University of Cambridge > Talks.cam > Department of Earth Sciences Seminars (downtown) > New insights into early Cenozoic glaciation: Eocene-Oligocene climate records from IODP Exp. 318, Wilkes Land, Antarctica

New insights into early Cenozoic glaciation: Eocene-Oligocene climate records from IODP Exp. 318, Wilkes Land, Antarctica

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The Eocene (approx 56-34 Ma) and Oligocene (approx 34-23 Ma) Epochs encompass a 33-Myr time interval characterised by a major revolution in Earth’s climate from a Greenhouse to an Icehouse regime. The onset of Antarctic glaciation at the Eocene-Oligocene Transition (EOT; approx 33.7 Ma) is associated with evidence for rapidly decreasing atmospheric CO2 levels as well as major reorganisation of Southern Ocean tectonic gateways and ocean circulation patterns. In recent years, however, studies have suggested both the potential for Antarctic glaciation during the high pCO2-world of the Eocene and large-scale instability of the Antarctic ice sheets during the cool Oligocene, highlighting that the relationships between the fundamental drivers of high-latitude climate are far from straight forward.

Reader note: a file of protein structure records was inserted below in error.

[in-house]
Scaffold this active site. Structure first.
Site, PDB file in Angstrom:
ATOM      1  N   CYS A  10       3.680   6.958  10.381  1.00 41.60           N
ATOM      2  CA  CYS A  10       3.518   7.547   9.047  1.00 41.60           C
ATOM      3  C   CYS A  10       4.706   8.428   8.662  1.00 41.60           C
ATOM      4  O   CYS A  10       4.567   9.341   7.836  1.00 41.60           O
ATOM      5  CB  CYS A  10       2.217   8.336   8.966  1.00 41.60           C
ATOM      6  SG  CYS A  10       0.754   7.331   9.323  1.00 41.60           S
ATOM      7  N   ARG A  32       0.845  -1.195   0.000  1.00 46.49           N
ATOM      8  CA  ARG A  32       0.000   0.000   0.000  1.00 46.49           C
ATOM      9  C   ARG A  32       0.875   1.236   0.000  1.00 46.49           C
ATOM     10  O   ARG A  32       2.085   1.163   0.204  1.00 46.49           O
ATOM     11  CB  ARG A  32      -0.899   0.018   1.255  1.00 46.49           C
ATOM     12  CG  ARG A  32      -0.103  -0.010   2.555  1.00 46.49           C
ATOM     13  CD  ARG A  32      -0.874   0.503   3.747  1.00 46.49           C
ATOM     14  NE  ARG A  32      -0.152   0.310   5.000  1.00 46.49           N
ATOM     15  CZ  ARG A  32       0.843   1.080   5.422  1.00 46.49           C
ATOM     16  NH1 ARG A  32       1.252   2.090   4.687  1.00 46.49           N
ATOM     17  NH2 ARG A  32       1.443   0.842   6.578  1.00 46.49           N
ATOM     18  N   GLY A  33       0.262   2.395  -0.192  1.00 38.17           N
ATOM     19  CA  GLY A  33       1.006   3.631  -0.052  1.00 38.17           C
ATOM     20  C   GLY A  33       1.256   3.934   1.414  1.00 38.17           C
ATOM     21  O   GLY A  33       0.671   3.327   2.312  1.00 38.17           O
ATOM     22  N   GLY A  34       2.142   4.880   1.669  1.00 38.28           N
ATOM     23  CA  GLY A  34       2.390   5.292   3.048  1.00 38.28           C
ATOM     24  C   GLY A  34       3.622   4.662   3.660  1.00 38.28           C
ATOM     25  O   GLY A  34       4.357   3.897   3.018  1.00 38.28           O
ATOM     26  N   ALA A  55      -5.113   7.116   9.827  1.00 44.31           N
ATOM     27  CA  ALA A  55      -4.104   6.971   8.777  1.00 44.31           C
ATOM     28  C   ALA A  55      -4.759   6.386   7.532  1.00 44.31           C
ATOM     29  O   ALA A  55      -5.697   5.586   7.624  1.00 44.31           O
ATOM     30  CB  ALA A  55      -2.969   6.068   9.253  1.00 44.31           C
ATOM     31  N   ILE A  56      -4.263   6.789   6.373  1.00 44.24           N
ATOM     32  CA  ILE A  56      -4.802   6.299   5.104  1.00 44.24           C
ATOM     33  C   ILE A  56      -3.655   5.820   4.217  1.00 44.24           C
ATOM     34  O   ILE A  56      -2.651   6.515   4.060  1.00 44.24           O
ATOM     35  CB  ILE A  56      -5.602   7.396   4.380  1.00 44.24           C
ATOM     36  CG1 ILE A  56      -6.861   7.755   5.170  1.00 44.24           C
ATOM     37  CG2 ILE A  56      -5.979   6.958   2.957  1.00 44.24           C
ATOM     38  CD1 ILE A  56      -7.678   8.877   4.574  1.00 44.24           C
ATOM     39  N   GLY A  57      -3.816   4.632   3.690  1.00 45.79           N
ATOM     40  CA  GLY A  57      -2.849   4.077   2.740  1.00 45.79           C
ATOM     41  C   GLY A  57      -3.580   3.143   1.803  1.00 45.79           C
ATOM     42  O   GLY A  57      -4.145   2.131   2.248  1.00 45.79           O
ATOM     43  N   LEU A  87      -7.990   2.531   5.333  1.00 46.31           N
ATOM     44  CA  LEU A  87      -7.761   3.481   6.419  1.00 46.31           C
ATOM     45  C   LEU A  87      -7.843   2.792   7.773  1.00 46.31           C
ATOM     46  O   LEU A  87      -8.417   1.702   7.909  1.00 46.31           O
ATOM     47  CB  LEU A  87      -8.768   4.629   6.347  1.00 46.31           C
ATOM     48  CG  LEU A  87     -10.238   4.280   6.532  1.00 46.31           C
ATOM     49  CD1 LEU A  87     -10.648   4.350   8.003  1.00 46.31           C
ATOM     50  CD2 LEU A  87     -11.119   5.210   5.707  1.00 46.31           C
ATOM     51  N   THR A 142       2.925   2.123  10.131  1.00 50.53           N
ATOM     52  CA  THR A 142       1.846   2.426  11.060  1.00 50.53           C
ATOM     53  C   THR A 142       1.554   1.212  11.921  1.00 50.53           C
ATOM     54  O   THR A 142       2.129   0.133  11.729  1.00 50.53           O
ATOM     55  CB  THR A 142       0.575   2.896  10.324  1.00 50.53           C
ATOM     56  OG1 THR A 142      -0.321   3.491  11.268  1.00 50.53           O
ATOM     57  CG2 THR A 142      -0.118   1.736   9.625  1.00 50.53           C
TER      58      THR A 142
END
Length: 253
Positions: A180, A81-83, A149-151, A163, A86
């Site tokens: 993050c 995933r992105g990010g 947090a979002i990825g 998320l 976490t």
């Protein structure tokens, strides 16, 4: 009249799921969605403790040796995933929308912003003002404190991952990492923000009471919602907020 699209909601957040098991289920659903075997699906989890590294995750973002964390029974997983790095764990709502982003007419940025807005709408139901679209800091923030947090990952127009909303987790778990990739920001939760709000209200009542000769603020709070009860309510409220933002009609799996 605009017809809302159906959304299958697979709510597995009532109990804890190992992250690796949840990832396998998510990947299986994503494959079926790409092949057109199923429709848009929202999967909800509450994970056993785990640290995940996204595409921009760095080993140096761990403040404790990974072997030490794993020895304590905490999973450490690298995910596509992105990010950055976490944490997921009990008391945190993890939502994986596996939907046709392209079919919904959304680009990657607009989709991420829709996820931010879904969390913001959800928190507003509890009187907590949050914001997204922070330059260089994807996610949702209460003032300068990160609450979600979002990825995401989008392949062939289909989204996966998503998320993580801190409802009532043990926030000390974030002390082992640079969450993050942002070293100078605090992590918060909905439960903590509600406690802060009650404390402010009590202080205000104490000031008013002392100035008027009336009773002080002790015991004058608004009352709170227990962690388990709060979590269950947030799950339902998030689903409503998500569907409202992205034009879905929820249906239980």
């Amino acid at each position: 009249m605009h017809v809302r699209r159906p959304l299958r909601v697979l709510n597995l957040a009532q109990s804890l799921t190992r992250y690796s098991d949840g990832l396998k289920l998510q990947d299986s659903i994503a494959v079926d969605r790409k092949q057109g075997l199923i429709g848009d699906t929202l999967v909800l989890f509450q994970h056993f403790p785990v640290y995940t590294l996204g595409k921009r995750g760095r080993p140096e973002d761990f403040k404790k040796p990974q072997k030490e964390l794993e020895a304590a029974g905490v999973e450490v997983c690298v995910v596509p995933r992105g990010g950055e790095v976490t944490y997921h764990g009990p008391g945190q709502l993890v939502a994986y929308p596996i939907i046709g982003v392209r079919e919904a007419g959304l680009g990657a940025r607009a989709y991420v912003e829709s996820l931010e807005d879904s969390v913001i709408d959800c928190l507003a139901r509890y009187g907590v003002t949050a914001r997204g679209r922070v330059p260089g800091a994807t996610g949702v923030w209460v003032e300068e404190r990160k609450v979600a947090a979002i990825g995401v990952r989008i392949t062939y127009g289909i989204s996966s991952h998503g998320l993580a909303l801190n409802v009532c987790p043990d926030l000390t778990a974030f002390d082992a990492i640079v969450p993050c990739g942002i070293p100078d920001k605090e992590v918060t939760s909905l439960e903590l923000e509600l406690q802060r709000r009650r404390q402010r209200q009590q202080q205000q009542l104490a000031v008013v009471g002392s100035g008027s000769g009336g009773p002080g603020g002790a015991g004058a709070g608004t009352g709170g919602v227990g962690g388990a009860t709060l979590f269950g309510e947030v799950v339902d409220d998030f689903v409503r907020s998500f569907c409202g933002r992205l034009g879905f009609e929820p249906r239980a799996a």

The Eocene and Oligocene climate history of Antarctica is primarily known from a limited number of pelagic Southern Ocean sediment cores (e.g., Maud Rise and Kerguelen Plateau). However, in March 2010, IODP Expedition 318 sailed to the Wilkes Land margin of Antarctica and recovered a sedimentary drillcore section adjacent to the Wilkes Subglacial Basin that spans the Eocene and Oligocene. These cores provide unique insight into regional climate change on the Antarctic continent over this crucial time period and serve as a link between ice-proximal and ice-distal climate records of the Southern Ocean. I will discuss the Eocene-Oligocene erosional record of the Wilkes margin, as reconstructed using the neodymium isotopic composition of marine sediments. These data reveal both long-term and short-term regional climate variability on the East Antarctic margin through the Eocene-Oligocene time interval, suggesting a potentially mobile Antarctic ice sheet during this time.

This talk is part of the Department of Earth Sciences Seminars (downtown) series.

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